Dick Daynard: The Conference has been held roughly once a year since 1985. This year's Conference was so well attended and so high energy that we're thinking of trying twice a year. There were 100 participants, mostly lawyers bringing their first few cases against the industry, from around the U.S. and several foreign countries. The program featured the lawyers who have won punitive damage verdicts in Jacksonville, Kansas City, Los Angeles, San Francisco, and Portland Oregon. There was a lot of discussion of the "low tar" hoax, which was involved in both the latest Portland victory as well as in class actions in several states. One session was devoted to examining the resources newly available to plaintiffs lawyers, especially documents and transcripts that can be freely accessed on the Web.
Q3. There are various types of tobacco lawsuits, could you name and Shortly describe them? On hears about different waves of litigation ("third wave"), what does that mean? What wave is on now? What's next?
Dick Daynard: The first two waves of tobacco litigation, from 1954 to the early seventies, and from 1982 to the early nineties, suffered from a lack of evidence that the tobacco companies had misbehaved. As a result, the cases generally turned into attacks on the "weak-willed" plaintiff. The incriminating internal documents have made all the difference in the current, "third" wave. Juries now stop listening to the tobacco lawyers' accusations against the smokers when they begin to realize just how outrageously the industry has behaved.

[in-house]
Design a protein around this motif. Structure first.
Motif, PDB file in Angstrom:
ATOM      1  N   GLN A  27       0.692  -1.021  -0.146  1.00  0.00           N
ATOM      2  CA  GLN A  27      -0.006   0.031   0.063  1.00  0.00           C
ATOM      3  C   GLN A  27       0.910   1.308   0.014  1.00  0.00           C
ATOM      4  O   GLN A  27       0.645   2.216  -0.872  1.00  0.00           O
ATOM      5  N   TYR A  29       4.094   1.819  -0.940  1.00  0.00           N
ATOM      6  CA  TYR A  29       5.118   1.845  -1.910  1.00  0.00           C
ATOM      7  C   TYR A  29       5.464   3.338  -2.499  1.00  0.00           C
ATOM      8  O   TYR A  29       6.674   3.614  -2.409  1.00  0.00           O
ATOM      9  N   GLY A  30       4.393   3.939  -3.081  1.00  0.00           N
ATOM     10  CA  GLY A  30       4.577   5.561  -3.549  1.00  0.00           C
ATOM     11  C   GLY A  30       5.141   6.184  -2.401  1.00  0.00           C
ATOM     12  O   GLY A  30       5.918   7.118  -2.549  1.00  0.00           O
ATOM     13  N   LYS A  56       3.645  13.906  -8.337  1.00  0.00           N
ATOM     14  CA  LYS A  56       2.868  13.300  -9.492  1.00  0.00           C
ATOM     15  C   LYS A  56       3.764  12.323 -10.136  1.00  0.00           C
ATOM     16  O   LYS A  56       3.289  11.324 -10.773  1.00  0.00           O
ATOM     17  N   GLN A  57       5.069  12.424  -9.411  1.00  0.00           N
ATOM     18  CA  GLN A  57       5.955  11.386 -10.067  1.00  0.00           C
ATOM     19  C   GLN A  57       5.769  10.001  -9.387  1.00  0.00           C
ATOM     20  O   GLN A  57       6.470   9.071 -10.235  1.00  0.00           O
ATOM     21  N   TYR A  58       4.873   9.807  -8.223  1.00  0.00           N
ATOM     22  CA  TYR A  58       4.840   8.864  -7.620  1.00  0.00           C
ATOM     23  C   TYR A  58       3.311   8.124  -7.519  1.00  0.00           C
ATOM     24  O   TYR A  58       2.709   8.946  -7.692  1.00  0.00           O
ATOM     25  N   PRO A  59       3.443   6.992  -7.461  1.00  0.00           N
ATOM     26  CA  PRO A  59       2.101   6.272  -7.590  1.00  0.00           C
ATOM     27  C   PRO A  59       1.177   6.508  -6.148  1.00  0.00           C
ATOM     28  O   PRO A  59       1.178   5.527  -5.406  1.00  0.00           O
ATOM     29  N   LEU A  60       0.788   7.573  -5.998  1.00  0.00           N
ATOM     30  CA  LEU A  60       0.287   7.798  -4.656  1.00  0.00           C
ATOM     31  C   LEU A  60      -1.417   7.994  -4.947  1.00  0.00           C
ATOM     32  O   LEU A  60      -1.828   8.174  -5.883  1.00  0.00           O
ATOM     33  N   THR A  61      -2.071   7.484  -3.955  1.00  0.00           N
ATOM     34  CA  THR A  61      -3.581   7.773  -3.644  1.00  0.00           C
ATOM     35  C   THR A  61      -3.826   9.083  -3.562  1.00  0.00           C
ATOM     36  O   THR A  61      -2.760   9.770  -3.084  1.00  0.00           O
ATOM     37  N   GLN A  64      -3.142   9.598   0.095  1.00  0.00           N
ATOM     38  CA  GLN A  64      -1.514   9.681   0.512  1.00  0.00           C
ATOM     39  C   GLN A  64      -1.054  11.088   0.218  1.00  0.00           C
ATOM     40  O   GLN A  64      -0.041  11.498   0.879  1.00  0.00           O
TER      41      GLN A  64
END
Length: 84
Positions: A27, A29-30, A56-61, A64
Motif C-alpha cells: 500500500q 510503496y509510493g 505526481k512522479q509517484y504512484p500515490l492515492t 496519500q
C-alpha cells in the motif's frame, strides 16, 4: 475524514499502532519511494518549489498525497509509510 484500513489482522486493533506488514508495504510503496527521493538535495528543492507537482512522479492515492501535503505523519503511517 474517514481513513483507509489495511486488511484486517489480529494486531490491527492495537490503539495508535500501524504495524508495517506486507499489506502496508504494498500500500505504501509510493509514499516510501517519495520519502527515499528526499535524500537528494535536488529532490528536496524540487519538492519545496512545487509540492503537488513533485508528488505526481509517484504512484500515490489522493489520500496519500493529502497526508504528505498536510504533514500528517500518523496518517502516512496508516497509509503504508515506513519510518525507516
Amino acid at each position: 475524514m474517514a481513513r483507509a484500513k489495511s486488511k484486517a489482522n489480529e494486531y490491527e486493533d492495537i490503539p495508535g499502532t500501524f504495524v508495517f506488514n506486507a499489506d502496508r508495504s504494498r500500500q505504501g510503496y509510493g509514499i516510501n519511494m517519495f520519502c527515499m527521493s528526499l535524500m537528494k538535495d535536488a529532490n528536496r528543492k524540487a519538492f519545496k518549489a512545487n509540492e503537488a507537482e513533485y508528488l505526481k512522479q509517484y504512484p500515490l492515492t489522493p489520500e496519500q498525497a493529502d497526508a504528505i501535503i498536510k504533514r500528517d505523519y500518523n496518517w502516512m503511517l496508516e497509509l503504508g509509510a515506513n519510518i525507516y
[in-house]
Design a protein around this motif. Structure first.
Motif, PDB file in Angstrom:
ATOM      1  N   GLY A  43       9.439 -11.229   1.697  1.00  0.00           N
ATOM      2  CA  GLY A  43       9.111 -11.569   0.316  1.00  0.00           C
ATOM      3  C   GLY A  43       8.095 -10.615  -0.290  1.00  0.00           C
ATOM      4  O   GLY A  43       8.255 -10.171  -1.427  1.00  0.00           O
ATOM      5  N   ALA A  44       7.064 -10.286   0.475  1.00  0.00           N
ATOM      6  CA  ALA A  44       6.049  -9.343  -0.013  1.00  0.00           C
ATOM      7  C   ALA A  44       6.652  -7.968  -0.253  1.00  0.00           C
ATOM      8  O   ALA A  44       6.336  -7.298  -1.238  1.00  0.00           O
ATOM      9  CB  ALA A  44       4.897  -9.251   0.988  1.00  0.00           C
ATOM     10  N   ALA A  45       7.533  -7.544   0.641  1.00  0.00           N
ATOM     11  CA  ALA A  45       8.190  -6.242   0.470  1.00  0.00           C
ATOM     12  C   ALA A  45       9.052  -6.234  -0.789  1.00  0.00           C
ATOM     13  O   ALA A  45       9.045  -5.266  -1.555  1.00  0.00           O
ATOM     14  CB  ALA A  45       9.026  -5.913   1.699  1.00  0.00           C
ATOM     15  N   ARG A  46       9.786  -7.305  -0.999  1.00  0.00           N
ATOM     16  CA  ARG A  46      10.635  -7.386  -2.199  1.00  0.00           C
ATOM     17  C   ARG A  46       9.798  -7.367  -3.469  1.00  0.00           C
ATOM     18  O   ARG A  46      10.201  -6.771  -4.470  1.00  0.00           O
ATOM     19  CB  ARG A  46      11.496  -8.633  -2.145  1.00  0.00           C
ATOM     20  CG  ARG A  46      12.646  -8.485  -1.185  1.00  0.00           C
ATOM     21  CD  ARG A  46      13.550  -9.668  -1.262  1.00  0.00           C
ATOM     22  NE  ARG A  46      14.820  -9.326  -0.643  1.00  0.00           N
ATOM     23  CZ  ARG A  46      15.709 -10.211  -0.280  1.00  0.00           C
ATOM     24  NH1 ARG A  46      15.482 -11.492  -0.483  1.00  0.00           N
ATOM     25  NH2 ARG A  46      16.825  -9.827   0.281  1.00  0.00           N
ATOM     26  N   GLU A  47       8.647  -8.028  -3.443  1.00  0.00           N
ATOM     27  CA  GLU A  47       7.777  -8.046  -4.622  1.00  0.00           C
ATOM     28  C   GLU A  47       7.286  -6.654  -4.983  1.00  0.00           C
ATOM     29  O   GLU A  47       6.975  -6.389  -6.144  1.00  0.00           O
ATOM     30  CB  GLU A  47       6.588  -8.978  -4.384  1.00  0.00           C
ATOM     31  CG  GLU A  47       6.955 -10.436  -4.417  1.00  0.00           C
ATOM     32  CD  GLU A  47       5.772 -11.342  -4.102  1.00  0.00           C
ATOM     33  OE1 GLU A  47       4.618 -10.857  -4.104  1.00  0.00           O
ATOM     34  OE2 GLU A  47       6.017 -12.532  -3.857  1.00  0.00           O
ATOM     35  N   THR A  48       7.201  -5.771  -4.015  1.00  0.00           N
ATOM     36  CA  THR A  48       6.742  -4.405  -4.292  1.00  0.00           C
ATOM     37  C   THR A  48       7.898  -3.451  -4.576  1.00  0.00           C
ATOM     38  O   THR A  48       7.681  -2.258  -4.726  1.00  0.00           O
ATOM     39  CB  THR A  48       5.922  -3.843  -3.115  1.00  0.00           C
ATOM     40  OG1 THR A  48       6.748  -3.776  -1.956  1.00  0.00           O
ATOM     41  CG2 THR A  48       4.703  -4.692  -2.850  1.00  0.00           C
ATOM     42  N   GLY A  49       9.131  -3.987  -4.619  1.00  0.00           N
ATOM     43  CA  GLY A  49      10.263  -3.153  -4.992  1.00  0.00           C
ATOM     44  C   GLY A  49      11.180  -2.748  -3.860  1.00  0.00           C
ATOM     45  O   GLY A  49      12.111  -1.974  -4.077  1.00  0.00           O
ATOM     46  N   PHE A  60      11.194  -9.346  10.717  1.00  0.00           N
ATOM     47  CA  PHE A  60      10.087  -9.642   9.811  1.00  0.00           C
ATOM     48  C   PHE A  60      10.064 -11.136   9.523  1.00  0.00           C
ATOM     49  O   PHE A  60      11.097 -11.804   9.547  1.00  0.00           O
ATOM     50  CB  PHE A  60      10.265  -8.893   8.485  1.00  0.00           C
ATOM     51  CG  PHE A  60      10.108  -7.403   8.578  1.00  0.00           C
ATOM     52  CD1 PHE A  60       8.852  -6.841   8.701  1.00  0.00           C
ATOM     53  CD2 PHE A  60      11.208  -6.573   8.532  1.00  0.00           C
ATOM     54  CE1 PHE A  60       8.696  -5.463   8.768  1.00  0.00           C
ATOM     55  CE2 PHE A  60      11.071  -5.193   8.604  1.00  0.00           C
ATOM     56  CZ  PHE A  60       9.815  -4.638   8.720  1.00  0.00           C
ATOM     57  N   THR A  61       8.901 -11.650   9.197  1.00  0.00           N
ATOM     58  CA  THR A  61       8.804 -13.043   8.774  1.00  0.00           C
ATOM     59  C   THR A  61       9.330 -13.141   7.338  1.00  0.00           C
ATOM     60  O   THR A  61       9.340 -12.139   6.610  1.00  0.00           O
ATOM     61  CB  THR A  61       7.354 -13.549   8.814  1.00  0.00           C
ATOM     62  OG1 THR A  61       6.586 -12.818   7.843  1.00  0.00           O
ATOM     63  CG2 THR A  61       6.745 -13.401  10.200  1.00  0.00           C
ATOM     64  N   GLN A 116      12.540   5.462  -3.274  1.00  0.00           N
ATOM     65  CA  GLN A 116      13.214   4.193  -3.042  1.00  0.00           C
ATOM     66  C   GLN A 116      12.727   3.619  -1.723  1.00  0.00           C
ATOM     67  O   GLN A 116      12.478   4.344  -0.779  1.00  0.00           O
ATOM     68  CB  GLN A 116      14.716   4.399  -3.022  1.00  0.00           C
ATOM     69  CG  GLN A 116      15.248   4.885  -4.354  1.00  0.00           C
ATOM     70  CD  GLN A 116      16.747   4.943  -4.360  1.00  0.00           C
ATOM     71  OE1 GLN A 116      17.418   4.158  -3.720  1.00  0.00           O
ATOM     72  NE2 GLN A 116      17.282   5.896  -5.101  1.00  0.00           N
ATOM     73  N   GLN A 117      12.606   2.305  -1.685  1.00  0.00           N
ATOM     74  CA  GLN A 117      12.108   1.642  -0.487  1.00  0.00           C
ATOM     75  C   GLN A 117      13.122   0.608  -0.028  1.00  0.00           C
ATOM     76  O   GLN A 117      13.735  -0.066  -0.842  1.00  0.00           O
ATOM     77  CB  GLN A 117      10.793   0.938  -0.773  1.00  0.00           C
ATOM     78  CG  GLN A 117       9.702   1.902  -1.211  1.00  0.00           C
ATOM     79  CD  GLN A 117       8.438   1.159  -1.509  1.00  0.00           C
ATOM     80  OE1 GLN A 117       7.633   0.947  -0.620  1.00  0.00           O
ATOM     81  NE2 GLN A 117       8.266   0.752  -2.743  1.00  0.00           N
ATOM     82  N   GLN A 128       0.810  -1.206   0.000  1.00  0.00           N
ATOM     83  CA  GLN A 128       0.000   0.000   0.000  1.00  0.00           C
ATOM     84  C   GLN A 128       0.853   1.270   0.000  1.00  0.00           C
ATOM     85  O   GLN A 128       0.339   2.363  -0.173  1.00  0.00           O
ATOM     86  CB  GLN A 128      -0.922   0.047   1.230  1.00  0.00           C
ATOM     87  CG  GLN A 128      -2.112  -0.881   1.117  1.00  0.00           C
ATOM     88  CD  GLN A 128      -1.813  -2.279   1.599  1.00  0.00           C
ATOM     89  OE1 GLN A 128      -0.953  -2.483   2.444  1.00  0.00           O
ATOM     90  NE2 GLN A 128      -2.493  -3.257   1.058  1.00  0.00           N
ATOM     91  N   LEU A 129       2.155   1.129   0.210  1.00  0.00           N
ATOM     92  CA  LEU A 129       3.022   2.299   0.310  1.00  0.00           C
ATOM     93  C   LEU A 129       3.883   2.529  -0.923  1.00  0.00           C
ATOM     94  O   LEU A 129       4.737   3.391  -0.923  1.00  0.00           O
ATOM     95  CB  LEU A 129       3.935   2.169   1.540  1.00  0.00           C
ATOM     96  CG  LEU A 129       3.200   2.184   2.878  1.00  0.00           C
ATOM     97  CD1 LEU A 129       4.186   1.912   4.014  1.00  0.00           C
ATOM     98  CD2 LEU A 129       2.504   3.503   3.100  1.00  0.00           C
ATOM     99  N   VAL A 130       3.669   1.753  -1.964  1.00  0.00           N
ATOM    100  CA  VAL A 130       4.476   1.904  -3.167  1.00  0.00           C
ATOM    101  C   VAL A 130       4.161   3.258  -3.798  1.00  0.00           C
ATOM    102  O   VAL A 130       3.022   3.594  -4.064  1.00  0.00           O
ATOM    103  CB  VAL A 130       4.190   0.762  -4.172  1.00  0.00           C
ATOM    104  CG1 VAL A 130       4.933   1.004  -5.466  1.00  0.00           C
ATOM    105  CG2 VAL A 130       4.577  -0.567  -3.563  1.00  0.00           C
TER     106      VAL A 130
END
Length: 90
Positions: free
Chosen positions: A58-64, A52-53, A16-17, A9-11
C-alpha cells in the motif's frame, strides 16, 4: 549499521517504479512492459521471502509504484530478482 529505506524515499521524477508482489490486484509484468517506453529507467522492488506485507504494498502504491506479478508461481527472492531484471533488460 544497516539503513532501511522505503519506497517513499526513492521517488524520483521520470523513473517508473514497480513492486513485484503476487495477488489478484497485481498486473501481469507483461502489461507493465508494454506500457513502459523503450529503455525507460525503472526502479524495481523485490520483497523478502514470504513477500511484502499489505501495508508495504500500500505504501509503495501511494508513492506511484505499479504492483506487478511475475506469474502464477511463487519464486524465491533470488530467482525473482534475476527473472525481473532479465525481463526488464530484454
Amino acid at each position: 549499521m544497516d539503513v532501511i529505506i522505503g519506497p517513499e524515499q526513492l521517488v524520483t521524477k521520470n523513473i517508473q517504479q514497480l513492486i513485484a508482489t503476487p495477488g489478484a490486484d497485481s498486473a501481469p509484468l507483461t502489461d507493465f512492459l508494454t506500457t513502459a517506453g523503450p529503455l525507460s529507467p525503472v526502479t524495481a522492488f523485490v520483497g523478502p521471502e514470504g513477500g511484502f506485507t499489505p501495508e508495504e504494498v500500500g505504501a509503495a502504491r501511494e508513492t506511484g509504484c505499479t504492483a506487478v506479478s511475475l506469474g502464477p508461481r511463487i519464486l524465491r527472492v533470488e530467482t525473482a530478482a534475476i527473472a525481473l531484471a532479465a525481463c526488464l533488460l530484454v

Most lawsuits are filed on behalf of smokers with cigarette-caused diseases, or the relatives of dead smokers. Most of these involve lung cancer, but the recent victory in Kansas City involved peripheral vascular disease. There are also cases involving exposure to secondhand smoke. Class actions are also very important. The settlement in the Florida case involving flight attendants' exposure to secondhand smoke not only set up the Flight Attendants Medical Research Institute but also permitted individual flights attendants to go to court using simplified procedures to collect their personal damages. Dozens of these cases may be tried over the next couple of years. The Engle class action, for all afflicted Florida smokers, has already produced three important verdicts, including one for punitive damages of $144 billion. In addition, several class actions for smokers deceived by "low tar" claims have been certified, and more are pending.